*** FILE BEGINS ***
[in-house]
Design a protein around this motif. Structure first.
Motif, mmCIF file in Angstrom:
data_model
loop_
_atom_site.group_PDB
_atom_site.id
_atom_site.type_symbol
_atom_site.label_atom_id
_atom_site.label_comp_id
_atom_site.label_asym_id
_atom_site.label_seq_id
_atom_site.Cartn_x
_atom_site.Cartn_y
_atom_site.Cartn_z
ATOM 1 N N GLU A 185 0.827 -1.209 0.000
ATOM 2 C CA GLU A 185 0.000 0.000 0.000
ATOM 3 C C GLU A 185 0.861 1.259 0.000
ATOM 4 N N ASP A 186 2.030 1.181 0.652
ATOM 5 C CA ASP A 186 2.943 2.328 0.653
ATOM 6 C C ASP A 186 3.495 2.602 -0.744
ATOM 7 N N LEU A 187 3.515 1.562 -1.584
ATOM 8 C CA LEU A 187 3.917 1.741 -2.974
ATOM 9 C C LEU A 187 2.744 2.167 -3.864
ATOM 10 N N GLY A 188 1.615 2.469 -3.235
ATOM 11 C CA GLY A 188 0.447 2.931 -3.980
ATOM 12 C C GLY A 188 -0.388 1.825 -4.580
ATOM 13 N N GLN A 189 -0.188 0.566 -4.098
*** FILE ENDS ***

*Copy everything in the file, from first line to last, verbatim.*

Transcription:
[in-house]
Design a protein around this motif. Structure first.
Motif, mmCIF file in Angstrom:
data_model
loop_
_atom_site.group_PDB
_atom_site.id
_atom_site.type_symbol
_atom_site.label_atom_id
_atom_site.label_comp_id
_atom_site.label_asym_id
_atom_site.label_seq_id
_atom_site.Cartn_x
_atom_site.Cartn_y
_atom_site.Cartn_z
ATOM 1 N N GLU A 185 0.827 -1.209 0.000
ATOM 2 C CA GLU A 185 0.000 0.000 0.000
ATOM 3 C C GLU A 185 0.861 1.259 0.000
ATOM 4 N N ASP A 186 2.030 1.181 0.652
ATOM 5 C CA ASP A 186 2.943 2.328 0.653
ATOM 6 C C ASP A 186 3.495 2.602 -0.744
ATOM 7 N N LEU A 187 3.515 1.562 -1.584
ATOM 8 C CA LEU A 187 3.917 1.741 -2.974
ATOM 9 C C LEU A 187 2.744 2.167 -3.864
ATOM 10 N N GLY A 188 1.615 2.469 -3.235
ATOM 11 C CA GLY A 188 0.447 2.931 -3.980
ATOM 12 C C GLY A 188 -0.388 1.825 -4.580
ATOM 13 N N GLN A 189 -0.188 0.566 -4.098